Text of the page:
AB 32 is the landmark California bill that mandates greenhouse gas emissions in the state be reduced to 1990 levels by 2020. One method it will use is cap-and-trade. However, a coalition of environmental justice groups sued to block it, saying cap-and-trade will do little but dump polluting industries in low-income neighborhoods as they could simply buy credits rather than decreasing their pollution.
The judge agreed with the previous ruling that the California Air Resources Board (CARB) was so fixated on cap-and-trade as the only solution that they ignored other possibilities, specifically a carbon tax. Thus, he voided the cap-and-trade part of AB 32 until the state can show it did due diligence.
In an era of increasing populism, taking the haughty technocrat approach probably isn’t the best of all possible options. But that’s what CARB chair Mary Nichols did, stating that the judge’s opinion is “a little bit more than a tempest in a teapot.”
The judge offered a scathing critique of CARB’s analysis saying “The brief 15-line reference to the carbon fee alternatives consists almost entirely of bare conclusions justifying the cap-and-trade decision. Informative analysis is absent”. This sounds considerably more serious than a teapot tempest.
It may be that CARB succeeds in satisfying the judge, but cap-and-trade vs. carbon tax is hardly a minor issue. Those on the right might be startled to learn that this is a brass knuckles issue in environmental circles, with heavyweight supporters on both sides. Mainstream environmental groups such as The Environmental Defense Fund, the Nature Conservancy, and the Natural Resources Defense Council favor cap-and-trade while Economics Nobel laureate Joseph Stiglitz and former Labor Secretary Robert Reich support a carbon tax. This is hardly a closed issue nor has cap-and-trade been shown to be so vastly superior that discussion of alternative methods can safely be ignored.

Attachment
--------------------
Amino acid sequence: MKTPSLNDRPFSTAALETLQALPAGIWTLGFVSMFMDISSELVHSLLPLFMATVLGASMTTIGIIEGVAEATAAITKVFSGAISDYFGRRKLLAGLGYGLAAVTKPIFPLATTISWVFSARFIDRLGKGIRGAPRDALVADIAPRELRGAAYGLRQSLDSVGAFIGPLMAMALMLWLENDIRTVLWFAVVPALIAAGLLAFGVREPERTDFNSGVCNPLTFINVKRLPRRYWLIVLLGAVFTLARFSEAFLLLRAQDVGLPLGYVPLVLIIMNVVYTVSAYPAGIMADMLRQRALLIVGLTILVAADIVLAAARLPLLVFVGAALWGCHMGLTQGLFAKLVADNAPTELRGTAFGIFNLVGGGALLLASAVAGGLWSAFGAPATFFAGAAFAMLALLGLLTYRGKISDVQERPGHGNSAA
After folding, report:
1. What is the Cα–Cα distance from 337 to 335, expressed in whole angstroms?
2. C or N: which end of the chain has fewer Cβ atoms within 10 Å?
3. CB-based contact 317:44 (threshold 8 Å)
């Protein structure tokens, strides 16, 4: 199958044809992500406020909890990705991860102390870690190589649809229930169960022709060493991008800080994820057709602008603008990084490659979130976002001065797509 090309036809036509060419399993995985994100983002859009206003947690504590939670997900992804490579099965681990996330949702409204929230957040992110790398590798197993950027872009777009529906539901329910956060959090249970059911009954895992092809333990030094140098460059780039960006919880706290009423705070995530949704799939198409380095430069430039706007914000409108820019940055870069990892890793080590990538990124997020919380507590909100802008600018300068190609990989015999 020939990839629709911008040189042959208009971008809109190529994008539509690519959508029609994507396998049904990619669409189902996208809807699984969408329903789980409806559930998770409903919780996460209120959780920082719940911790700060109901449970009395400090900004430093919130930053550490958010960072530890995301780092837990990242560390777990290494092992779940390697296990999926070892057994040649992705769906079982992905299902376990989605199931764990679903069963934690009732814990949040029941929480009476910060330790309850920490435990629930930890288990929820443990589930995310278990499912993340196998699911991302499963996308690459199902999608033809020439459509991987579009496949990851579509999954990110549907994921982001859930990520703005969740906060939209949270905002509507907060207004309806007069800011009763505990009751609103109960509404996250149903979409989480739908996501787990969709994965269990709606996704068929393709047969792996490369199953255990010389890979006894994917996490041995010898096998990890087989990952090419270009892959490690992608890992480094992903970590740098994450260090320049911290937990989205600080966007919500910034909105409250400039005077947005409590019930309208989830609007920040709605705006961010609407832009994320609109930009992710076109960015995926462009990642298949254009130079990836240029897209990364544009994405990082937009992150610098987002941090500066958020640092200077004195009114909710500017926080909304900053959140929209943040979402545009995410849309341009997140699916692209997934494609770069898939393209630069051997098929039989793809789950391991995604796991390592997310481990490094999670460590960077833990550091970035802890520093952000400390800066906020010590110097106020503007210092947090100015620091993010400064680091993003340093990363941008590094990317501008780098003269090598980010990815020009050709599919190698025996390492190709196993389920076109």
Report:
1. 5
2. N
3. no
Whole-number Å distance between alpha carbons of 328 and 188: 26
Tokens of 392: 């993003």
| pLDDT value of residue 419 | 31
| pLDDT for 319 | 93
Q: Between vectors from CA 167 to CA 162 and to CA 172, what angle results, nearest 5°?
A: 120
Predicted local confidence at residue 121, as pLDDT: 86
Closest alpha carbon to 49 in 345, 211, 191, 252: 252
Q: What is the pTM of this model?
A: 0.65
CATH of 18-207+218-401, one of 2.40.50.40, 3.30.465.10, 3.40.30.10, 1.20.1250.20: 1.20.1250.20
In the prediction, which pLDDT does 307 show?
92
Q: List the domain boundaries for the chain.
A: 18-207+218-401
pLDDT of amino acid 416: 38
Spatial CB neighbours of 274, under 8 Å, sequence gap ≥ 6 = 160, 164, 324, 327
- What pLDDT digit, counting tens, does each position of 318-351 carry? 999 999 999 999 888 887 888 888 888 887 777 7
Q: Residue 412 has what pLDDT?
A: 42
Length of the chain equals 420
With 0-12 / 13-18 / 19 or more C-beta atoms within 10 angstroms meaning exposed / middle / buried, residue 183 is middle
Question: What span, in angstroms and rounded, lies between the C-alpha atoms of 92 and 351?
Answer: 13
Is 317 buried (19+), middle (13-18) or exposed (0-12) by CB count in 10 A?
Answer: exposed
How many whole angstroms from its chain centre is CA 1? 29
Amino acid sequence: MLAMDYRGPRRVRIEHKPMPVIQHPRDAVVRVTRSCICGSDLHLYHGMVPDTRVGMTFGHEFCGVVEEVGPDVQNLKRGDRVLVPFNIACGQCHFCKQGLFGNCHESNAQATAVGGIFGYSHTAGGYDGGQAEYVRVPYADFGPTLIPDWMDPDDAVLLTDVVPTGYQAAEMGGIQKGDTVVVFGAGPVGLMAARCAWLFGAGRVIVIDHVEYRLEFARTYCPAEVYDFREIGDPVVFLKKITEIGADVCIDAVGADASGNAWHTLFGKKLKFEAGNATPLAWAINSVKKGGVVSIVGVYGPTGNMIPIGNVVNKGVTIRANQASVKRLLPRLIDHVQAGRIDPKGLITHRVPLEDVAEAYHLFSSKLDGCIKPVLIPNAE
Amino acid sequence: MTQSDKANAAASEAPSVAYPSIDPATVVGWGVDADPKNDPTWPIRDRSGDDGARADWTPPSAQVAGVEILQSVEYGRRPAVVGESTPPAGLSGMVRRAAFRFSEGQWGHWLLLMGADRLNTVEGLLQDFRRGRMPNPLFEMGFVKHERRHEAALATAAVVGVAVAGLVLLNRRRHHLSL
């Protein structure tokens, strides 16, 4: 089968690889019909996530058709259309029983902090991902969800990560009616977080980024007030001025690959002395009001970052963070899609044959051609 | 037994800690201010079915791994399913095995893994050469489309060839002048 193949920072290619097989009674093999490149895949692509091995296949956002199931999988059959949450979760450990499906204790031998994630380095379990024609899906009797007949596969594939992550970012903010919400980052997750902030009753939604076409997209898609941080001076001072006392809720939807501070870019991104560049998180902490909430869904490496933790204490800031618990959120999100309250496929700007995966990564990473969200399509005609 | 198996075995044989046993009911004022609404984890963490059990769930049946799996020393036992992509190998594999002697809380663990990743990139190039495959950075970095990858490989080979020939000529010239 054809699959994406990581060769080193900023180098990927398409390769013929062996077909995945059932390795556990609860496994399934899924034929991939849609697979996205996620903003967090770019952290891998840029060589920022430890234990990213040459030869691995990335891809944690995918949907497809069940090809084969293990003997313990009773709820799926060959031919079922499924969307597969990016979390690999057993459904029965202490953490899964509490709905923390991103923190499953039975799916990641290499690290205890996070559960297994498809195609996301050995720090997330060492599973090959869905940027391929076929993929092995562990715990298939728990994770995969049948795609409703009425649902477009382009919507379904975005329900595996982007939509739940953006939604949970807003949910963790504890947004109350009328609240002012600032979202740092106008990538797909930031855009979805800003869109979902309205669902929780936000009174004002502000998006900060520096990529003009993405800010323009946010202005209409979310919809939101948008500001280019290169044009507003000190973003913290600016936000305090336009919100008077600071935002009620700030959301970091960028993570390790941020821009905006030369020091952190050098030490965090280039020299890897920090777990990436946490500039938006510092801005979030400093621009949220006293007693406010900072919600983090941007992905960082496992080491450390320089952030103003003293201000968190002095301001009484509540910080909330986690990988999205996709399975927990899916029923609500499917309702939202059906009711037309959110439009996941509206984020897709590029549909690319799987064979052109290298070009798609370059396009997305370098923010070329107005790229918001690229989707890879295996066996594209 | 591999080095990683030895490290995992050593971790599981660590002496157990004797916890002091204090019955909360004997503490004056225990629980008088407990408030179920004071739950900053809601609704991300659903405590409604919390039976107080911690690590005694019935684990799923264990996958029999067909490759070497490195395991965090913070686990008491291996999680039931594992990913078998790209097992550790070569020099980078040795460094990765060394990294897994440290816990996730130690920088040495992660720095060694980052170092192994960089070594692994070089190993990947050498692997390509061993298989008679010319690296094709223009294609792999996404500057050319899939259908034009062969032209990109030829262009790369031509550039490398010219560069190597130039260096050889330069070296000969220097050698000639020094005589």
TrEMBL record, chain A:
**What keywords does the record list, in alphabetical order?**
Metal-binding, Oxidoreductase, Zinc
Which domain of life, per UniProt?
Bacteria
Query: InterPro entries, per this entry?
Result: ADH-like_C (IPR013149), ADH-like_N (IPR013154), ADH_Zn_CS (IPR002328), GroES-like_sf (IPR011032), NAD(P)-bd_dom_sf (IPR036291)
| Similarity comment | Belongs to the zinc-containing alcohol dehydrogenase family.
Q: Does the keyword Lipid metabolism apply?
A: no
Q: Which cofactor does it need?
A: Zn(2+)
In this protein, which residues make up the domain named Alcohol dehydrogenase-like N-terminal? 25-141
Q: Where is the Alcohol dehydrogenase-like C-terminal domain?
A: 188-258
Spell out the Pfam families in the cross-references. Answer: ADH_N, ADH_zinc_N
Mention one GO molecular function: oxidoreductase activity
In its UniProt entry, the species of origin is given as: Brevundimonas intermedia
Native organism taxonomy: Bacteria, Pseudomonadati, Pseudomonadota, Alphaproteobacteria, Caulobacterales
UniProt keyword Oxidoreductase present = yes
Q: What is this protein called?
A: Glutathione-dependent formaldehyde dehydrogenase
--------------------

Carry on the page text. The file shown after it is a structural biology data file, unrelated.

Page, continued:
The lawsuit was filed by several groups, among them the Communities for A Better Environment, West County Toxics Coalition, and the wonderfully named Association of Irritated Residents. While those with suspicious minds might wonder if such groups are not disguised anti-environmentalist Astroturf groups financed by the right, they aren’t. A bit of research shows these groups to be genuine grassroots community organizations opposed to what is sometimes called environmental racism. This is the deliberate locating and dumping of pollution in low-income, often African-American or Latino areas. If polluting industries located in such areas can continue to pollute by buying credits to, say, plant trees in a remote forest, then the residents of the low income areas will unduly suffer from the pollution.
It’s important to realize that this attack on mainstream environmental views came from the left flank of the environmental movement and not from the anti-environmental right. This is just one skirmish. There will be more.